Sunday, February 04, 2007

The love connection   posted by p-ter @ 2/04/2007 11:09:00 AM

The explosion of online dating sites, some of which are free and require no registration, has been a boon for psychologists studying the deception and mind games of the dating scene. Scientific American has an article on what they're finding-- nothing that will really surprise GNXP readers:
For men, the major areas of deception are educational level, income, height, age and marital status; at least 13 percent of online male suitors are thought to be married. For women, the major areas of deception are weight, physical appearance and age.
My research assistant Rachel Greenberg and I have examined the age issue by plotting a histogram of the ages of 1,000 men and 1,000 women selected at random from the national database of, arguably now the largest of the online matchmaking services. We speculated that from age 29 on--the point at which people in our culture tend to become sensitive about growing older--we might see some distinctive patterns in the distribution of ages. For men, a small spike appeared in the ­distribution at 32 and a large one at 36. The number of men calling themselves 36 was dramatically higher than the average frequency of men between the ages of 37 and 41.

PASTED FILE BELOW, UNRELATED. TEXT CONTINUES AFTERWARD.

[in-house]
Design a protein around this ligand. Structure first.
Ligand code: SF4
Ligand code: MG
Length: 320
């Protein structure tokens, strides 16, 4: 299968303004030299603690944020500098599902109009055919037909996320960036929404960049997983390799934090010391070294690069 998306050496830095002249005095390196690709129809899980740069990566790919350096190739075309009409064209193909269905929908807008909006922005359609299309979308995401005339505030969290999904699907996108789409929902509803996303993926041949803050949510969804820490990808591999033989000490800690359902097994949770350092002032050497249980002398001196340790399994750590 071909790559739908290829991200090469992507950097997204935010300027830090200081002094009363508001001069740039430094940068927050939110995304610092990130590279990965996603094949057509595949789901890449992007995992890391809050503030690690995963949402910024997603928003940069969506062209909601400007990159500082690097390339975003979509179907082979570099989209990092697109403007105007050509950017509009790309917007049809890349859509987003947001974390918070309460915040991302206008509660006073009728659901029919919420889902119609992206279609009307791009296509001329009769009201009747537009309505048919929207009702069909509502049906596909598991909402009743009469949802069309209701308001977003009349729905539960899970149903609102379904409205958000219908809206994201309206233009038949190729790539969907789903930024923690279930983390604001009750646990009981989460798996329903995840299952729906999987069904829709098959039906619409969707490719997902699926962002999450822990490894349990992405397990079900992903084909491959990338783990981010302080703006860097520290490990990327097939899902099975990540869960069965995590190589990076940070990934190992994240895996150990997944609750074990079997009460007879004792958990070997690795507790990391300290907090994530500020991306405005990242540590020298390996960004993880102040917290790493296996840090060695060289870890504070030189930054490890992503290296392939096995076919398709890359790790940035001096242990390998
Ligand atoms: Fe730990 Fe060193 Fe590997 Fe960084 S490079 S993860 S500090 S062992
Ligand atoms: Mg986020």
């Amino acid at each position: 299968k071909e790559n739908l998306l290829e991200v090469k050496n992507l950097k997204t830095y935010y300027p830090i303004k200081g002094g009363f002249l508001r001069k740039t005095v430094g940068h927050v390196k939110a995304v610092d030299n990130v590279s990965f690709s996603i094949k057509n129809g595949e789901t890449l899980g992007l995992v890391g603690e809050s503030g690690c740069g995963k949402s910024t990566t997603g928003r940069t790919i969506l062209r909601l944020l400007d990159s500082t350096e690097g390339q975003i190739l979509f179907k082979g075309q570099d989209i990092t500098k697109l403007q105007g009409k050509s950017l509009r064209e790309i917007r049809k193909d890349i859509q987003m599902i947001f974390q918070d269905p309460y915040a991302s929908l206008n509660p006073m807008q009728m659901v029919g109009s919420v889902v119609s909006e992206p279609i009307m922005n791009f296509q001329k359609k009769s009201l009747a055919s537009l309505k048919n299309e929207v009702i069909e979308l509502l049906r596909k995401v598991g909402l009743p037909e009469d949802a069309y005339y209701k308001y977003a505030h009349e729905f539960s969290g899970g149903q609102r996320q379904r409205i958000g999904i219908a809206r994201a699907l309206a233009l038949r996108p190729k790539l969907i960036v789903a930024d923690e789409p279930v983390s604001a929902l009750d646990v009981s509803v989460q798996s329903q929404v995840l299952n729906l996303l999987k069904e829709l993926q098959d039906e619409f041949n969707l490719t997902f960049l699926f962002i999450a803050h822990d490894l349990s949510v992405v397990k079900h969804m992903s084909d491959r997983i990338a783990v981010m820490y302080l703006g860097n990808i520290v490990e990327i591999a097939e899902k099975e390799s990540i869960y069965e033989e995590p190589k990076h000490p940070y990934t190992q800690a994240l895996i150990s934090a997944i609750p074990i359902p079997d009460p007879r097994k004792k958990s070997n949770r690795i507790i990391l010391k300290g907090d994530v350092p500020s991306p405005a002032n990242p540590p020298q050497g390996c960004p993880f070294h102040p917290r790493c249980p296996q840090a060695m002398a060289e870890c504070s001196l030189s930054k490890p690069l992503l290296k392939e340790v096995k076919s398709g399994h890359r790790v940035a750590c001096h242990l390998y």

For women, we found three clear age spikes at 29, 35 and 44. The difference between the number of women claming to be 29 and the average frequency of women claiming to be between ages 30 and 34 was nearly eight times larger than we would expect by chance. Apparently women at certain ages are reluctant to reveal those ages--and certain numerical ages are especially appealing, presumably because our culture attaches less stigma to those ages.
(via Matt)

That women find socioeconomic status attractive is unsurprising; in my experience, though, there are even more subtle things that affect interest levels. For example, telling someone I'm a "geneticist" always gets a better reaction than saying I'm a "biologist" (people who know me are laughing, because they know neither is technically true. Whatever). I've never really understood this-- does genetics sound more impressive than biology?